We have gathered trusted, informative resources both nationally and locally to help you find solutions to your senior home care needs.
AARP is a nonprofit, nonpartisan membership organization for people age 50 and over. They are dedicated to enhancing quality of life for all as we age. They lead positive social change and deliver value to members through information, advocacy and service.
The Alzheimer's Association is the leading voluntary health organization in Alzheimer care, support and research. Their mission is to eliminate Alzheimer's disease through the advancement of research; to provide and enhance care and support for all affected; and to reduce the risk of dementia through the promotion of brain health.
The AFA seeks to provide optimal care and services to individuals confronting dementia, and to their caregivers and families—through member organizations dedicated to improving quality of life.
The NAELA membership is comprised of attorneys in the private and public sectors who deal with legal issues affecting the elderly and disabled.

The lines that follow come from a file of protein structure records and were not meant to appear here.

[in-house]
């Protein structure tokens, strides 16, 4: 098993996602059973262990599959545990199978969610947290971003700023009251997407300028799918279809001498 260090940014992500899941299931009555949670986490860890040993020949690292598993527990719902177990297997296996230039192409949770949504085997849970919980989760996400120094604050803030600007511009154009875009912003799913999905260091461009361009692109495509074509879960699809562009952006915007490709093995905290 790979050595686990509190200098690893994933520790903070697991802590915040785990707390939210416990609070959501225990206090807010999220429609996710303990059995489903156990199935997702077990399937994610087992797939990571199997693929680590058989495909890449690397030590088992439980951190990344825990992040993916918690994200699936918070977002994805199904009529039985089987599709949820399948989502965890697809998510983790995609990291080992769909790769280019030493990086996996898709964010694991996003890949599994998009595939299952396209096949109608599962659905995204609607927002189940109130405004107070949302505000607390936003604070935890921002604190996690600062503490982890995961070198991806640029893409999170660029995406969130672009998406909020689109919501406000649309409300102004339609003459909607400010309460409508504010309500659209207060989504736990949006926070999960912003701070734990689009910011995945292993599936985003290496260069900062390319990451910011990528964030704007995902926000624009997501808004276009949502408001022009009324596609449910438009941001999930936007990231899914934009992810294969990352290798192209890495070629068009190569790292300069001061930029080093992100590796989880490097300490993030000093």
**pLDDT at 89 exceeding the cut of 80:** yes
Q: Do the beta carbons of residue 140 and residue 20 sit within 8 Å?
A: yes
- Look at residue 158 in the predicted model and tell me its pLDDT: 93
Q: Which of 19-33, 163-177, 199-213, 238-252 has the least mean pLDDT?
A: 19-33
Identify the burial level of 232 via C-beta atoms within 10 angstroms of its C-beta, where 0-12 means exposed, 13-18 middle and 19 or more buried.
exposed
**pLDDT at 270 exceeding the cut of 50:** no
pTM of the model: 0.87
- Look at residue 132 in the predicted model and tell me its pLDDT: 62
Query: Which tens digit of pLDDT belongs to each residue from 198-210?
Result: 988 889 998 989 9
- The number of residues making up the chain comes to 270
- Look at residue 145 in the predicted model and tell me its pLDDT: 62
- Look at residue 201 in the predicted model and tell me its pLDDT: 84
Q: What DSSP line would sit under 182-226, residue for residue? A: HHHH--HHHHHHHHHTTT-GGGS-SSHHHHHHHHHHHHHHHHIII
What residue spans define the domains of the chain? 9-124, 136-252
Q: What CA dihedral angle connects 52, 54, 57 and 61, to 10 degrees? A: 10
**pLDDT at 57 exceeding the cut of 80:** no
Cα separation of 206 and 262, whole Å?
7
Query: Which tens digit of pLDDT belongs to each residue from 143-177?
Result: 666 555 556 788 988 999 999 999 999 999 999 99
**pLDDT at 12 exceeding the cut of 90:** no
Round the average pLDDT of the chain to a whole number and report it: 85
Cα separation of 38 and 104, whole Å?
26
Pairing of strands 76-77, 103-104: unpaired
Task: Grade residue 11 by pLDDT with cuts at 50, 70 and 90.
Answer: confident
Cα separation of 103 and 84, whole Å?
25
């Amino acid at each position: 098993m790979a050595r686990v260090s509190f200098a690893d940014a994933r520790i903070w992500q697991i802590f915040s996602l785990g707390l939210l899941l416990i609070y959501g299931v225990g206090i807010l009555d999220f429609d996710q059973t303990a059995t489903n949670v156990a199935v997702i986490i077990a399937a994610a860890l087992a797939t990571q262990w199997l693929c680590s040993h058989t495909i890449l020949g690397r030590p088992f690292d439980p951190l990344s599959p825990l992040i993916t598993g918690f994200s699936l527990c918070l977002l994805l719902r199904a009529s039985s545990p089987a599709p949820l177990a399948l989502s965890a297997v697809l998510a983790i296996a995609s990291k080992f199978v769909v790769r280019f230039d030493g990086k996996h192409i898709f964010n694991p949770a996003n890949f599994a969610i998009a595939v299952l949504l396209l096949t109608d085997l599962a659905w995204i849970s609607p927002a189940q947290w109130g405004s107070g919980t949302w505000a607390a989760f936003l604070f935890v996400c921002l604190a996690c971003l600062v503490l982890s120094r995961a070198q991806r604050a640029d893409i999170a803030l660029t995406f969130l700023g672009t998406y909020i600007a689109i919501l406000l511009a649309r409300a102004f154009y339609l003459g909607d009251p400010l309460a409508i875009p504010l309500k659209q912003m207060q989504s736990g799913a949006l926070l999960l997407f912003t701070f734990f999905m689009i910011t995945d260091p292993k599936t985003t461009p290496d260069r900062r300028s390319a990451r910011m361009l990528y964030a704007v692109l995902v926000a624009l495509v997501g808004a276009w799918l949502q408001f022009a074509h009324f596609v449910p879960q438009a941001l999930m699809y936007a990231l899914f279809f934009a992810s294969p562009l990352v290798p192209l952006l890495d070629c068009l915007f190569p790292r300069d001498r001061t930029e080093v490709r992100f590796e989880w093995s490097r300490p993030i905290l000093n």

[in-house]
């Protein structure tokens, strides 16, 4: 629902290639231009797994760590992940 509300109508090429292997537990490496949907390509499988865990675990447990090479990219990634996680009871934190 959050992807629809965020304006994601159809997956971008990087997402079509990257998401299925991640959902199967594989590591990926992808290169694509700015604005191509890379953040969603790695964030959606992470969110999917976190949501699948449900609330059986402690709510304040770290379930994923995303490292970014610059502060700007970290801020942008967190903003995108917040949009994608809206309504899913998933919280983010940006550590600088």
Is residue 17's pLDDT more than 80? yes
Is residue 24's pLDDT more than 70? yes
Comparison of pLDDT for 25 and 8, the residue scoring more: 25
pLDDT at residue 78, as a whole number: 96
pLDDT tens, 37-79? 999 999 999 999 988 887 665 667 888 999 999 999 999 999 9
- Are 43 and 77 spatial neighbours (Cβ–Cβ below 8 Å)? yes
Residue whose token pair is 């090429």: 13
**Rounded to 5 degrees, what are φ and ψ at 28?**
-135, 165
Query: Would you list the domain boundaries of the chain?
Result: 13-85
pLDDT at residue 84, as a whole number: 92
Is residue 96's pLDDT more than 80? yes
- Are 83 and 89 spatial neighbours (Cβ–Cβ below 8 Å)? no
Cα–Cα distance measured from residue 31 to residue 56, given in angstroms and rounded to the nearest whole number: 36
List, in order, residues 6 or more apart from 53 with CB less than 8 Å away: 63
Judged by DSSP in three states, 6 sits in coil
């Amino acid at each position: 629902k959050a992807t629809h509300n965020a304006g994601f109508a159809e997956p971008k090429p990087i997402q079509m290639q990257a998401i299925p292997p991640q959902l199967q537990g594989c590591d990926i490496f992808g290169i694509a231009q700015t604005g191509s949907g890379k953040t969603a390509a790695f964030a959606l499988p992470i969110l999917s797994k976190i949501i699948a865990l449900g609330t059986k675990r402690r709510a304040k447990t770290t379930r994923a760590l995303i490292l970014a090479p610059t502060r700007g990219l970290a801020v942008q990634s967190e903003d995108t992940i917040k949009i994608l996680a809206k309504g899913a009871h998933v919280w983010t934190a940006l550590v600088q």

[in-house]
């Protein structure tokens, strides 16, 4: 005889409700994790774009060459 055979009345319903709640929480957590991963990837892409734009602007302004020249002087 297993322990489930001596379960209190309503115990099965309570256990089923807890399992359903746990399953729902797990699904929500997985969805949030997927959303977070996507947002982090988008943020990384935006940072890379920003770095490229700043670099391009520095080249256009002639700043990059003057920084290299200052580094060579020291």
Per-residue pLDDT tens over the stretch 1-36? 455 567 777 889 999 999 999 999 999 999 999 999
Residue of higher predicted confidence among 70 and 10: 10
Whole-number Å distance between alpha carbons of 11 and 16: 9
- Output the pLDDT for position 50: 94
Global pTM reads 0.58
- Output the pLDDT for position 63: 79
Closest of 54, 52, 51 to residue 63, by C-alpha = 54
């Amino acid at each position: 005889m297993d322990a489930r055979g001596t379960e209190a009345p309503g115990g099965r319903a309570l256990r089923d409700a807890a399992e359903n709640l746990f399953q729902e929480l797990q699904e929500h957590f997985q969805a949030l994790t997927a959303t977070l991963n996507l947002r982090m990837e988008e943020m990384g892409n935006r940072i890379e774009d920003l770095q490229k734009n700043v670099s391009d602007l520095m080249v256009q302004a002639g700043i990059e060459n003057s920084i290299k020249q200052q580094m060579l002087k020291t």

The National Parkinson Foundation’s mission is to help every person diagnosed with Parkinson's live their best possible life now. NPF has funded more than $189 million in care, research and support services to improve the lives of people with Parkinson’s.
Senior Helpers is honored to partner with dementia care expert Teepa Snow, a nationally renowned leader in the senior care industry with more than 30 years’ experience. Read more about Teepa here.
The Michael J. Fox Foundation is the largest nonprofit funder of Parkinson’s disease research in the world and is dedicated to providing educational resources, including those that help families and organizations learn how to care for individuals living with Parkinson’s disease.
Home care. These two words may overwhelm families as they're considering viable options for their aging and/or ailing relative. Home Care allows a person with special needs to remain in their home, and may encompass a variety of roles such as personal care (i.e., bathing, washing your hair, getting dressed), homemaking (i.e., cleaning and yardwork), cooking or delivering meals, and health care such as having a home health aide come to your home. While it entails a variety of situations such as people getting older, people who are chronically ill, recovering from surgery or disabled, there are many myths about home care to become aware of as you consider the possibility.